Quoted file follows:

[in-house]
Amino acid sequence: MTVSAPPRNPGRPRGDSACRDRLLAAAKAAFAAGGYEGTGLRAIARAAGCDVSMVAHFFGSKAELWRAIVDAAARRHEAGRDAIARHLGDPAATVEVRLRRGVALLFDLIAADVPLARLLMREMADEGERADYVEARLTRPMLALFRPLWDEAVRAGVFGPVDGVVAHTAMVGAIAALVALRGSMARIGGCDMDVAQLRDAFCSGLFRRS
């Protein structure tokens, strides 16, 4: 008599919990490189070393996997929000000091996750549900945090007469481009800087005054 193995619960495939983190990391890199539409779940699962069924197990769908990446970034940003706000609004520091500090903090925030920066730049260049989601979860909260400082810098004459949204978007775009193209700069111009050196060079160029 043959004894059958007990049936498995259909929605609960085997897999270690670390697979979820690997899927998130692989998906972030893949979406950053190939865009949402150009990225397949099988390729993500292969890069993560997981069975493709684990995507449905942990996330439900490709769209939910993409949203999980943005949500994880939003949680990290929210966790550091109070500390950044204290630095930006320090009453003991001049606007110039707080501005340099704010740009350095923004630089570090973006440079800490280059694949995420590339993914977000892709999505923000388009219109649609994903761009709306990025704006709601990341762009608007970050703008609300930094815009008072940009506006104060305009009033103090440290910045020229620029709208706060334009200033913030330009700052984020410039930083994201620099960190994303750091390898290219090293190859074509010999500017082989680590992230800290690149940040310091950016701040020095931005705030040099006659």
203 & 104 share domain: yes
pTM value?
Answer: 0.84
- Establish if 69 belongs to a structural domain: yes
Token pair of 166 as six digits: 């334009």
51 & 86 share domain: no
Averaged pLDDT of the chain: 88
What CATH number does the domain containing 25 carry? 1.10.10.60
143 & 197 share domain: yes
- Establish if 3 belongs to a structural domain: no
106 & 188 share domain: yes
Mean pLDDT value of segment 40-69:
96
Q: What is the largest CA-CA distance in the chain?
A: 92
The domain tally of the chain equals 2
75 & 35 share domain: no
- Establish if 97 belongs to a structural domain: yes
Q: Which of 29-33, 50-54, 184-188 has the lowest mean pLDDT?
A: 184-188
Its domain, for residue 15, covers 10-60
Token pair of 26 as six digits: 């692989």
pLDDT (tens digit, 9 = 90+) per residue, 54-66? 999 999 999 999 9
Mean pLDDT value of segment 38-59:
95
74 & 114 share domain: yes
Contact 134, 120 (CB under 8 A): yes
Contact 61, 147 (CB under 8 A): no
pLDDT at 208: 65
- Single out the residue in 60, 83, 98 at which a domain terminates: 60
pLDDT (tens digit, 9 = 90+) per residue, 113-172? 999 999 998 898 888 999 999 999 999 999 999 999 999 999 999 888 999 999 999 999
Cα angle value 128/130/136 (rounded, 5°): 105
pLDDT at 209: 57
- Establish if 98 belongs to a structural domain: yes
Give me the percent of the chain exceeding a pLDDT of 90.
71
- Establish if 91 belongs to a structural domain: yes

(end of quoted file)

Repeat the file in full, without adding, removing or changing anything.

[in-house]
Amino acid sequence: MTVSAPPRNPGRPRGDSACRDRLLAAAKAAFAAGGYEGTGLRAIARAAGCDVSMVAHFFGSKAELWRAIVDAAARRHEAGRDAIARHLGDPAATVEVRLRRGVALLFDLIAADVPLARLLMREMADEGERADYVEARLTRPMLALFRPLWDEAVRAGVFGPVDGVVAHTAMVGAIAALVALRGSMARIGGCDMDVAQLRDAFCSGLFRRS
């Protein structure tokens, strides 16, 4: 008599919990490189070393996997929000000091996750549900945090007469481009800087005054 193995619960495939983190990391890199539409779940699962069924197990769908990446970034940003706000609004520091500090903090925030920066730049260049989601979860909260400082810098004459949204978007775009193209700069111009050196060079160029 043959004894059958007990049936498995259909929605609960085997897999270690670390697979979820690997899927998130692989998906972030893949979406950053190939865009949402150009990225397949099988390729993500292969890069993560997981069975493709684990995507449905942990996330439900490709769209939910993409949203999980943005949500994880939003949680990290929210966790550091109070500390950044204290630095930006320090009453003991001049606007110039707080501005340099704010740009350095923004630089570090973006440079800490280059694949995420590339993914977000892709999505923000388009219109649609994903761009709306990025704006709601990341762009608007970050703008609300930094815009008072940009506006104060305009009033103090440290910045020229620029709208706060334009200033913030330009700052984020410039930083994201620099960190994303750091390898290219090293190859074509010999500017082989680590992230800290690149940040310091950016701040020095931005705030040099006659």
203 & 104 share domain: yes
pTM value?
Answer: 0.84
- Establish if 69 belongs to a structural domain: yes
Token pair of 166 as six digits: 């334009």
51 & 86 share domain: no
Averaged pLDDT of the chain: 88
What CATH number does the domain containing 25 carry? 1.10.10.60
143 & 197 share domain: yes
- Establish if 3 belongs to a structural domain: no
106 & 188 share domain: yes
Mean pLDDT value of segment 40-69:
96
Q: What is the largest CA-CA distance in the chain?
A: 92
The domain tally of the chain equals 2
75 & 35 share domain: no
- Establish if 97 belongs to a structural domain: yes
Q: Which of 29-33, 50-54, 184-188 has the lowest mean pLDDT?
A: 184-188
Its domain, for residue 15, covers 10-60
Token pair of 26 as six digits: 């692989």
pLDDT (tens digit, 9 = 90+) per residue, 54-66? 999 999 999 999 9
Mean pLDDT value of segment 38-59:
95
74 & 114 share domain: yes
Contact 134, 120 (CB under 8 A): yes
Contact 61, 147 (CB under 8 A): no
pLDDT at 208: 65
- Single out the residue in 60, 83, 98 at which a domain terminates: 60
pLDDT (tens digit, 9 = 90+) per residue, 113-172? 999 999 998 898 888 999 999 999 999 999 999 999 999 999 999 888 999 999 999 999
Cα angle value 128/130/136 (rounded, 5°): 105
pLDDT at 209: 57
- Establish if 98 belongs to a structural domain: yes
Give me the percent of the chain exceeding a pLDDT of 90.
71
- Establish if 91 belongs to a structural domain: yes